How to Address Industry Issues in Your Marketing Plan

marketing

How do you know that your marketing plan needs updating? It either fails your company, or you prevent failure by checking it against a template to catch missing information. For example, according to Wilson & McQueen PLLC, every year in the U.S. more than 4,000 surgical errors occur. This statistic is best not swept under the rug, but instead, evaluated by that industry to work on improvement.

Now, let’s look at the top ways to improve your marketing plan to address industry issues without experiencing major errors.



Check Your Marketing Plan for Completeness

Check your marketing plan against an industry-preferred template to ensure it includes needed aspects. Your plan can’t address what it doesn’t include, so make sure it covers every aspect of marketing needs. Its marketing action plan should define initiatives, break each into tasks with deadlines and key performance indicators (KPIs), and assign each task to an employee. Each initiative becomes a line item in your budget, and so does each task.

Address Missing Items

Although every marketing plan needs to include accepted tactics and KPIs, you need to update this living document consistently. Your customers tell you what you need to provide – sometimes without stating it plainly. Consider their comments on your existing blogs and social media posts. Read and respond to reviews of your business on websites like the Better Business Bureau, Google My Business, and Bing.

What problems do your customers have that your products or services solve? Where do they communicate these problems to you? Alter your marketing plan if you post regularly to your Google My Business, but your customers flock to your Instagram.

Address this incongruity by ramping up your Instagram posts and mining the data your customers provide on your existing posts. Create new posts that offer solutions to the problems they mention in the comments. Your posts should present how your products or services solve their problems and provide that information where they consume it.

Develop Tactics that Get Customers Involved

Create how-to blogs to lead customers through the process of solving their problems. For example, according to Dyer, Garofalo, Mann & Schultz, about 300,000 car crashes occur yearly due to brake failure. An insurance company’s blog could get its customers involved in preventing these accidents by teaching them essential auto maintenance and underlying the importance of the manufacturer’s recommended maintenance. Empowering clients to help themselves turns your company into a thought leader and builds trust.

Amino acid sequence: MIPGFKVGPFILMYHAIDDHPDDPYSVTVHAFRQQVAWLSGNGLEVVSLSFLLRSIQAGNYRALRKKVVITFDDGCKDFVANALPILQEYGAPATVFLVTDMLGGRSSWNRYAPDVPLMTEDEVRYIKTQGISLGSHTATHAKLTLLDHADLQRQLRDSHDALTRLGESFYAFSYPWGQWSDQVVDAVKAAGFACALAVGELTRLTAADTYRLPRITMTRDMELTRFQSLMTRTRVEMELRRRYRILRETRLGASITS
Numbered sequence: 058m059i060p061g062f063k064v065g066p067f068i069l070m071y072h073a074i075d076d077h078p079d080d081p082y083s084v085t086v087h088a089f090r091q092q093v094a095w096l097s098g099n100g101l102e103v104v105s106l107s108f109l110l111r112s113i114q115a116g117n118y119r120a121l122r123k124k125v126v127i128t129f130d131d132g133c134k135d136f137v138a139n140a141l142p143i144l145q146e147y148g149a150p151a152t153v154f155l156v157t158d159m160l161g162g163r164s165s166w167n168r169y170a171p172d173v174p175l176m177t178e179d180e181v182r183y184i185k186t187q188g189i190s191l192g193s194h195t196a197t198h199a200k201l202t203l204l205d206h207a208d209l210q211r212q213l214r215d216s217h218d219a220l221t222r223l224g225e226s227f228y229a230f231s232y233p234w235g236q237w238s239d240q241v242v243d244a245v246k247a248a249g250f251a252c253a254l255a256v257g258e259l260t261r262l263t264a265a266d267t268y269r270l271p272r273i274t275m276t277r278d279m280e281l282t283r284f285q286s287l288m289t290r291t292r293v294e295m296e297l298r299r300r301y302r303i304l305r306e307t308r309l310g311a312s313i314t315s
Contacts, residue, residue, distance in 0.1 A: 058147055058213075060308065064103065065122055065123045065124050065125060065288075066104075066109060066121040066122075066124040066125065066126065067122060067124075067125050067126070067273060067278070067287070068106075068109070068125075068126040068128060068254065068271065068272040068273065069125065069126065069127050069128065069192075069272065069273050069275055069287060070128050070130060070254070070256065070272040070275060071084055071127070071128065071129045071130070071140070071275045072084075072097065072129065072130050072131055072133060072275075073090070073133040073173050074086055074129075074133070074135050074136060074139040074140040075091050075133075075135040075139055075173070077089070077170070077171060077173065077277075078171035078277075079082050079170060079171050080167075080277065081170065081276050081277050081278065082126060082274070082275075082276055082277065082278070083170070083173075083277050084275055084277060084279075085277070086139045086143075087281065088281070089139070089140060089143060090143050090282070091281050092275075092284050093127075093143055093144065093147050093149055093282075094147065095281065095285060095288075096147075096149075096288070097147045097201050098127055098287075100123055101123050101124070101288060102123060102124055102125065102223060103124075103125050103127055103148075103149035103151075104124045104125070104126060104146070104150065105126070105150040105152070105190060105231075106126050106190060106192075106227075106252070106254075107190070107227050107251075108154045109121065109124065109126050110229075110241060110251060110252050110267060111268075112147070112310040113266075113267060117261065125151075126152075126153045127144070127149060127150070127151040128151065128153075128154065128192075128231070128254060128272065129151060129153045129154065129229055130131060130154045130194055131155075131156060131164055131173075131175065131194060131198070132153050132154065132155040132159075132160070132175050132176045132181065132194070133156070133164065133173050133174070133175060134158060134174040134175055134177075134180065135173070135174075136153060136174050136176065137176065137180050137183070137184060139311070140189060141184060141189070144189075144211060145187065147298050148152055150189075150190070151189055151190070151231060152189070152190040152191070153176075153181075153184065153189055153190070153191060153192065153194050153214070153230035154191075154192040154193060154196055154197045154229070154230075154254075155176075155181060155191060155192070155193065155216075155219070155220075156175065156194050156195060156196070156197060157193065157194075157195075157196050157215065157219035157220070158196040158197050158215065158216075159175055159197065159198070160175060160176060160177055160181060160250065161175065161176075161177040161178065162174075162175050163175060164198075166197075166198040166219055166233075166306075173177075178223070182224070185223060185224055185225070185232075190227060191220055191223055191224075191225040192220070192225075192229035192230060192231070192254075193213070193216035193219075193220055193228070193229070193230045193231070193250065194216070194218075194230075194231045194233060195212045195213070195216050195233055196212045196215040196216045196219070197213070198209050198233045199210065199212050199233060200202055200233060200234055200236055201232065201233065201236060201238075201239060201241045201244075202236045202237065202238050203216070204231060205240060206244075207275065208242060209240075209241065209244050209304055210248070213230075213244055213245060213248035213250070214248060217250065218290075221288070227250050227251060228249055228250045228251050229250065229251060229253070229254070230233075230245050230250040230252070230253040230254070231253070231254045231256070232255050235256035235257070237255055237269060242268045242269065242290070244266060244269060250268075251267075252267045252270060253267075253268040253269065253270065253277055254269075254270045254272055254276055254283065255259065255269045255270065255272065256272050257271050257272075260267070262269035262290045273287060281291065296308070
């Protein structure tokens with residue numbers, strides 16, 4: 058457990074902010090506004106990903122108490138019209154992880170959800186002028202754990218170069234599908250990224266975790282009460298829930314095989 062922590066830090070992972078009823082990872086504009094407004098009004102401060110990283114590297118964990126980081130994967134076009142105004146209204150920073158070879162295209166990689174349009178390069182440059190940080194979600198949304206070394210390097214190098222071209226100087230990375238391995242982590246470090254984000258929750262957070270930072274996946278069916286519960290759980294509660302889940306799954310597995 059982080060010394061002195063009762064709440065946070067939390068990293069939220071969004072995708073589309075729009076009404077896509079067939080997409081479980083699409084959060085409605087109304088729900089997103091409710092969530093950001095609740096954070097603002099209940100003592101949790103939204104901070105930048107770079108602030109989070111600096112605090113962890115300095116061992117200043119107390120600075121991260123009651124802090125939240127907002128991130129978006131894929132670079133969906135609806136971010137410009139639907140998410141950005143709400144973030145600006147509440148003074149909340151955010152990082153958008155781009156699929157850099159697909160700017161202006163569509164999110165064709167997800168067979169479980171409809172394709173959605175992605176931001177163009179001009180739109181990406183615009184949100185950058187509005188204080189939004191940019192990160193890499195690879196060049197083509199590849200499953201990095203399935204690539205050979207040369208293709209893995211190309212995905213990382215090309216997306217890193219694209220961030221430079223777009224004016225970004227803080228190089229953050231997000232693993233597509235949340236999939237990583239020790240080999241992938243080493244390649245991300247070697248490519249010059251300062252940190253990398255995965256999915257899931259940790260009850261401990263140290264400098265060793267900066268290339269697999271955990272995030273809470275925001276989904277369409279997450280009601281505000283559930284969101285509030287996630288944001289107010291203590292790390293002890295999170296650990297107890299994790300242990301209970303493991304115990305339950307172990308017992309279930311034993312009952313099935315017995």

Recognize the Value of Proactive Problem-Solving

The pest control industry is an example of one that understands the value of proactivity. According to Statista, the 2023 market value of the U.S. pest control industry stands at $26.2 billion. Pest control experts tout regularly scheduled treatments to avoid bug problems or other pests. They also educate homeowners on how to clean and organize their yard and home, so pests avoid it.

Include proactive tactics in your marketing plan that result in lead generation, such as a newsletter, premium content for registering, or an app for Android and iPhone. As your business grows, you’ll reach potential customers in new ways and retain your current clients by offering added value items. When you look at your client’s problems the same way the pest control industry does pests, you add new marketing tactics to help them avoid the problem altogether, typically through regular use of your products or services.

Marketing Plan Review Schedule

How often should you review and update your marketing plan? Although an annual review works best, many businesses can manage with a review every three years. Consider which communication technologies or emerging social media platforms your customers use, then set up active accounts there, providing actionable, problem-solving information. Create content lists based on your customer comments, messages, and reviews to fulfill their needs through your company’s marketing plan implementation.



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Valerie M.

Valerie M. is a writer from Upstate New York. She received her Bachelor’s degree in Journalism from The State University of New York at Fredonia in 2016 and is currently working at a digital marketing agency where she writes blog posts for a variety of small businesses all over the country. Valerie enjoys writing about music, animals, nature, and traveling.